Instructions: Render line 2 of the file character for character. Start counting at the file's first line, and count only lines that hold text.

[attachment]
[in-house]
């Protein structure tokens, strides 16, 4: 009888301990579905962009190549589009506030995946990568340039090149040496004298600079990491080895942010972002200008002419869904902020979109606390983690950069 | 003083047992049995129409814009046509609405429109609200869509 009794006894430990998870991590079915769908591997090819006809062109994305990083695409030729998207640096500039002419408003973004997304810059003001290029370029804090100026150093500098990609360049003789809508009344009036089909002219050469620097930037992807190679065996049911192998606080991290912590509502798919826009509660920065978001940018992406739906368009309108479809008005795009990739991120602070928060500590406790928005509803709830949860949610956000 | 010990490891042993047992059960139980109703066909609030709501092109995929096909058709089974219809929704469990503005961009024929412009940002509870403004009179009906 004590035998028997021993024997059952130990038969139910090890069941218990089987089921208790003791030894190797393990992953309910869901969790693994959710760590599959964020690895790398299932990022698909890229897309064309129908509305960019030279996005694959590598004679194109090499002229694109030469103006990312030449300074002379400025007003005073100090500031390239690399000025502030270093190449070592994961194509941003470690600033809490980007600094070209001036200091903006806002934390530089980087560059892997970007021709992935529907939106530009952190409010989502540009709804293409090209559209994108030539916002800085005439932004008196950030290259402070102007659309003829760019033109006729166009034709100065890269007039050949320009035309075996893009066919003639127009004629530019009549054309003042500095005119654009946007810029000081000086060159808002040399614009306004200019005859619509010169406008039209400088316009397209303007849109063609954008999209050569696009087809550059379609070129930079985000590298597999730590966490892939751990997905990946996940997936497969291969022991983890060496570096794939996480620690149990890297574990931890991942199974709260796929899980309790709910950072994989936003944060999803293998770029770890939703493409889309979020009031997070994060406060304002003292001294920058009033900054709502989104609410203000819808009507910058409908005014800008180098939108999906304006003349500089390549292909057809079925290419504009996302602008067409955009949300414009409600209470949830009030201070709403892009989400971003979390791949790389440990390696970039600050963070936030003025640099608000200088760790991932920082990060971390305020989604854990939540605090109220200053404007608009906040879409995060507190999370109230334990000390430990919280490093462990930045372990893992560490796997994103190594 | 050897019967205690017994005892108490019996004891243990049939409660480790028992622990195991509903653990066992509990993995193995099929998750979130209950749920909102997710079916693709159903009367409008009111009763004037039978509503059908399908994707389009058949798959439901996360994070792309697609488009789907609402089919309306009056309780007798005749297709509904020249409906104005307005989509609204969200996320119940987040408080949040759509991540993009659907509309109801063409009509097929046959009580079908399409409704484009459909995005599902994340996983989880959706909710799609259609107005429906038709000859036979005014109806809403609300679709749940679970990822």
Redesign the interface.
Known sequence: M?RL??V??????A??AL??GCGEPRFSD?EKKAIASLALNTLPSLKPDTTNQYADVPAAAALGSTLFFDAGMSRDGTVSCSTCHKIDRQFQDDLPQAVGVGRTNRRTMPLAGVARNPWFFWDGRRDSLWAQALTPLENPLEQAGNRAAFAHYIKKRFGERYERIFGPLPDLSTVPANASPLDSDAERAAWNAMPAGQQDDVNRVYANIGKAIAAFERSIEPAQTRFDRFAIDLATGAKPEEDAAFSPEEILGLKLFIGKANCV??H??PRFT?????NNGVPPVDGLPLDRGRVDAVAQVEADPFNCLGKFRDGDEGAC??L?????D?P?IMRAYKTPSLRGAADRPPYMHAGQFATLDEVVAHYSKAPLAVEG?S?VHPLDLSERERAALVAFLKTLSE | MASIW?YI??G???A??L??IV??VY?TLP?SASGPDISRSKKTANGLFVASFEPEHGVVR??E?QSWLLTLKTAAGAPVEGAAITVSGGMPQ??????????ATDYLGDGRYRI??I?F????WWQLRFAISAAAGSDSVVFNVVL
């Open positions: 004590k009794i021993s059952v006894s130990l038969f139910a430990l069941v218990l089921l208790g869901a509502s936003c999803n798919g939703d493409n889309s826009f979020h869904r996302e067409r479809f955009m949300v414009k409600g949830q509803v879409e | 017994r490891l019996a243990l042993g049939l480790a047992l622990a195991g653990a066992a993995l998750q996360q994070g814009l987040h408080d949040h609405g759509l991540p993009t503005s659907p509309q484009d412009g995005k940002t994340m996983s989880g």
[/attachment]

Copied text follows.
């Protein structure tokens, strides 16, 4: 009888301990579905962009190549589009506030995946990568340039090149040496004298600079990491080895942010972002200008002419869904902020979109606390983690950069 | 003083047992049995129409814009046509609405429109609200869509 009794006894430990998870991590079915769908591997090819006809062109994305990083695409030729998207640096500039002419408003973004997304810059003001290029370029804090100026150093500098990609360049003789809508009344009036089909002219050469620097930037992807190679065996049911192998606080991290912590509502798919826009509660920065978001940018992406739906368009309108479809008005795009990739991120602070928060500590406790928005509803709830949860949610956000 | 010990490891042993047992059960139980109703066909609030709501092109995929096909058709089974219809929704469990503005961009024929412009940002509870403004009179009906 004590035998028997021993024997059952130990038969139910090890069941218990089987089921208790003791030894190797393990992953309910869901969790693994959710760590599959964020690895790398299932990022698909890229897309064309129908509305960019030279996005694959590598004679194109090499002229694109030469103006990312030449300074002379400025007003005073100090500031390239690399000025502030270093190449070592994961194509941003470690600033809490980007600094070209001036200091903006806002934390530089980087560059892997970007021709992935529907939106530009952190409010989502540009709804293409090209559209994108030539916002800085005439932004008196950030290259402070102007659309003829760019033109006729166009034709100065890269007039050949320009035309075996893009066919003639127009004629530019009549054309003042500095005119654009946007810029000081000086060159808002040399614009306004200019005859619509010169406008039209400088316009397209303007849109063609954008999209050569696009087809550059379609070129930079985000590298597999730590966490892939751990997905990946996940997936497969291969022991983890060496570096794939996480620690149990890297574990931890991942199974709260796929899980309790709910950072994989936003944060999803293998770029770890939703493409889309979020009031997070994060406060304002003292001294920058009033900054709502989104609410203000819808009507910058409908005014800008180098939108999906304006003349500089390549292909057809079925290419504009996302602008067409955009949300414009409600209470949830009030201070709403892009989400971003979390791949790389440990390696970039600050963070936030003025640099608000200088760790991932920082990060971390305020989604854990939540605090109220200053404007608009906040879409995060507190999370109230334990000390430990919280490093462990930045372990893992560490796997994103190594 | 050897019967205690017994005892108490019996004891243990049939409660480790028992622990195991509903653990066992509990993995193995099929998750979130209950749920909102997710079916693709159903009367409008009111009763004037039978509503059908399908994707389009058949798959439901996360994070792309697609488009789907609402089919309306009056309780007798005749297709509904020249409906104005307005989509609204969200996320119940987040408080949040759509991540993009659907509309109801063409009509097929046959009580079908399409409704484009459909995005599902994340996983989880959706909710799609259609107005429906038709000859036979005014109806809403609300679709749940679970990822």